Inderscience Publishers

Winter time particulate matter concentrations at an urban roadway in India

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This paper presents analysis and interpretation of 1-hr average fine (PM
1
and PM
2.5
) and coarse (PM
10
) particulate matter (PM) concentrations measured during winter 2008 and 2009 at a roadside in Chennai city, India. Results showed typical weekly and diurnal cycles with high concentrations corresponding morning and evening peak traffic flows. The 24-hr average PM
10
and PM
2.5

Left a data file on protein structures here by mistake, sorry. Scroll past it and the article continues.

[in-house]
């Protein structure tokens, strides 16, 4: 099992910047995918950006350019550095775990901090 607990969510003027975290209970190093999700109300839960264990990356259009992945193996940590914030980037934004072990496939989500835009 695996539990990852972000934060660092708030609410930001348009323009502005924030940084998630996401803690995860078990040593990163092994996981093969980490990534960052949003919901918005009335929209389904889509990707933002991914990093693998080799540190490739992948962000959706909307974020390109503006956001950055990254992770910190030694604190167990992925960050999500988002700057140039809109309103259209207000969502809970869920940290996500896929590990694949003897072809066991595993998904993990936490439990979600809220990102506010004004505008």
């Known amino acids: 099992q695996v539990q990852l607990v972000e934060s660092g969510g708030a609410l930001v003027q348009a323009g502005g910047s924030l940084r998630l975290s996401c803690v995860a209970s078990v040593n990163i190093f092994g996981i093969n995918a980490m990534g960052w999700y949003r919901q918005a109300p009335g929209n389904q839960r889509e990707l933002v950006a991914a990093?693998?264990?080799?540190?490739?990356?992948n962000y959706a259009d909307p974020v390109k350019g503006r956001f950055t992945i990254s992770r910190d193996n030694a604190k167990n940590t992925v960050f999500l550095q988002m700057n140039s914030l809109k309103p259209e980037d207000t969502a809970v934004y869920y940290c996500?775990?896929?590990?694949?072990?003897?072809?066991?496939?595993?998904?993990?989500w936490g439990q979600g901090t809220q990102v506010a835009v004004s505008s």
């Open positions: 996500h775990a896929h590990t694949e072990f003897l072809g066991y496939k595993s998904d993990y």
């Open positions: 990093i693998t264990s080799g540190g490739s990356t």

concentrations were found to be 135 ± 65 and 73 ± 39 μg/m
3
in winter 2008 and 131 ± 75 and 67 ± 32 μg/m
3
in winter 2009, respectively and were violating the NAAQS (PM
10
= 100 μg/m
3
; PM
2.5
= 60 μg/m
3
) and WHO (PM
10
= 50 μg/m
3
; PM
2.5
= 25 μg/m
3
) limits. The daily PM
1
concentrations at the study site were in the range of 11–200 (mean = 56) μg/m
3
. The estimated mortality relative risks associated with daily PM concentrations showed a high (81–85%) and moderate (42–48%) relative risks for PM
10
and PM
2.5
, respectively, at the study site.

Keywords: air quality standards, particulate matter, PM, PM 10, PM 2.5, PM 1, health effects, meteorology, inversion conditions, traffic flow, mortality relative risks, India

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